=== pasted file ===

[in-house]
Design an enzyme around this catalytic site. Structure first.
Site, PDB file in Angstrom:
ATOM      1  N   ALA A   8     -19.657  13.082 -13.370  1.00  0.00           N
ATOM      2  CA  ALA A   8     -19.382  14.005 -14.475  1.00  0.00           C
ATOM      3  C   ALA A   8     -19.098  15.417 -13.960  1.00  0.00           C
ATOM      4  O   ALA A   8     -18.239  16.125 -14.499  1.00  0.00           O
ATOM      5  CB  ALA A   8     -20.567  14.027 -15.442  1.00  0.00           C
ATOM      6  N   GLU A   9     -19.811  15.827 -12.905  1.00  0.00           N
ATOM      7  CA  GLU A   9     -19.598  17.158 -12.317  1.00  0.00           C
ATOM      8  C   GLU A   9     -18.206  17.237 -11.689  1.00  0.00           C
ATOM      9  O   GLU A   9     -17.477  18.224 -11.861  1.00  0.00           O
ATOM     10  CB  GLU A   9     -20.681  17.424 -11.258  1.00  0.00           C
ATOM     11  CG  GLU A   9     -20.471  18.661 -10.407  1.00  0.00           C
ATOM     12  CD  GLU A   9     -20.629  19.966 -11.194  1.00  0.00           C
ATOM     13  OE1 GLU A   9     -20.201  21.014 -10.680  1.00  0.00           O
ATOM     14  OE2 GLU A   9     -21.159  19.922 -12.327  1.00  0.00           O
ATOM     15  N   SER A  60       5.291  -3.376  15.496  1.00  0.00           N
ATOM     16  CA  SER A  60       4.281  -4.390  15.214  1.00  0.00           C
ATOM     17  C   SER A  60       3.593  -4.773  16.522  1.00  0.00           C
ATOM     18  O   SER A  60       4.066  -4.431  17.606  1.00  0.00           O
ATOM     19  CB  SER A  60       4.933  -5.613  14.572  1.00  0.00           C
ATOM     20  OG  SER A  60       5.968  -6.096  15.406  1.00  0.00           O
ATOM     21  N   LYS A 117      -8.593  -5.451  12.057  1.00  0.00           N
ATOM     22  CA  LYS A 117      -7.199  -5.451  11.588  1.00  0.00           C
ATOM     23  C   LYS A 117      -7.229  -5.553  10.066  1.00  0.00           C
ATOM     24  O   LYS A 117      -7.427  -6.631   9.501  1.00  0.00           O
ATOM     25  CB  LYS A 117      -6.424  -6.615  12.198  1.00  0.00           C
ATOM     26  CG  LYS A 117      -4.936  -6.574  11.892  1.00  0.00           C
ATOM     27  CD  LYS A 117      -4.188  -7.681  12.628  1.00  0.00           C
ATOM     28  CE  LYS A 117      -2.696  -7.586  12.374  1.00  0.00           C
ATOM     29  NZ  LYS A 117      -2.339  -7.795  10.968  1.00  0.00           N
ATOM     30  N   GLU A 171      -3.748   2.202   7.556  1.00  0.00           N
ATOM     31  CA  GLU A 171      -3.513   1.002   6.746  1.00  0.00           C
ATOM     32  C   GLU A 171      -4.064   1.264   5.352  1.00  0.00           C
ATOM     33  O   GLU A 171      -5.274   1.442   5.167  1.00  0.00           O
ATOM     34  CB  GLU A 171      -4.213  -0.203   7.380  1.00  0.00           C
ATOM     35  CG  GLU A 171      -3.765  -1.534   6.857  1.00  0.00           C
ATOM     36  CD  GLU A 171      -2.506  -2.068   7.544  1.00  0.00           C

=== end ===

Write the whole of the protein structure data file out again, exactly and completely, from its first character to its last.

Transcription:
[in-house]
Design an enzyme around this catalytic site. Structure first.
Site, PDB file in Angstrom:
ATOM      1  N   ALA A   8     -19.657  13.082 -13.370  1.00  0.00           N
ATOM      2  CA  ALA A   8     -19.382  14.005 -14.475  1.00  0.00           C
ATOM      3  C   ALA A   8     -19.098  15.417 -13.960  1.00  0.00           C
ATOM      4  O   ALA A   8     -18.239  16.125 -14.499  1.00  0.00           O
ATOM      5  CB  ALA A   8     -20.567  14.027 -15.442  1.00  0.00           C
ATOM      6  N   GLU A   9     -19.811  15.827 -12.905  1.00  0.00           N
ATOM      7  CA  GLU A   9     -19.598  17.158 -12.317  1.00  0.00           C
ATOM      8  C   GLU A   9     -18.206  17.237 -11.689  1.00  0.00           C
ATOM      9  O   GLU A   9     -17.477  18.224 -11.861  1.00  0.00           O
ATOM     10  CB  GLU A   9     -20.681  17.424 -11.258  1.00  0.00           C
ATOM     11  CG  GLU A   9     -20.471  18.661 -10.407  1.00  0.00           C
ATOM     12  CD  GLU A   9     -20.629  19.966 -11.194  1.00  0.00           C
ATOM     13  OE1 GLU A   9     -20.201  21.014 -10.680  1.00  0.00           O
ATOM     14  OE2 GLU A   9     -21.159  19.922 -12.327  1.00  0.00           O
ATOM     15  N   SER A  60       5.291  -3.376  15.496  1.00  0.00           N
ATOM     16  CA  SER A  60       4.281  -4.390  15.214  1.00  0.00           C
ATOM     17  C   SER A  60       3.593  -4.773  16.522  1.00  0.00           C
ATOM     18  O   SER A  60       4.066  -4.431  17.606  1.00  0.00           O
ATOM     19  CB  SER A  60       4.933  -5.613  14.572  1.00  0.00           C
ATOM     20  OG  SER A  60       5.968  -6.096  15.406  1.00  0.00           O
ATOM     21  N   LYS A 117      -8.593  -5.451  12.057  1.00  0.00           N
ATOM     22  CA  LYS A 117      -7.199  -5.451  11.588  1.00  0.00           C
ATOM     23  C   LYS A 117      -7.229  -5.553  10.066  1.00  0.00           C
ATOM     24  O   LYS A 117      -7.427  -6.631   9.501  1.00  0.00           O
ATOM     25  CB  LYS A 117      -6.424  -6.615  12.198  1.00  0.00           C
ATOM     26  CG  LYS A 117      -4.936  -6.574  11.892  1.00  0.00           C
ATOM     27  CD  LYS A 117      -4.188  -7.681  12.628  1.00  0.00           C
ATOM     28  CE  LYS A 117      -2.696  -7.586  12.374  1.00  0.00           C
ATOM     29  NZ  LYS A 117      -2.339  -7.795  10.968  1.00  0.00           N
ATOM     30  N   GLU A 171      -3.748   2.202   7.556  1.00  0.00           N
ATOM     31  CA  GLU A 171      -3.513   1.002   6.746  1.00  0.00           C
ATOM     32  C   GLU A 171      -4.064   1.264   5.352  1.00  0.00           C
ATOM     33  O   GLU A 171      -5.274   1.442   5.167  1.00  0.00           O
ATOM     34  CB  GLU A 171      -4.213  -0.203   7.380  1.00  0.00           C
ATOM     35  CG  GLU A 171      -3.765  -1.534   6.857  1.00  0.00           C
ATOM     36  CD  GLU A 171      -2.506  -2.068   7.544  1.00  0.00           C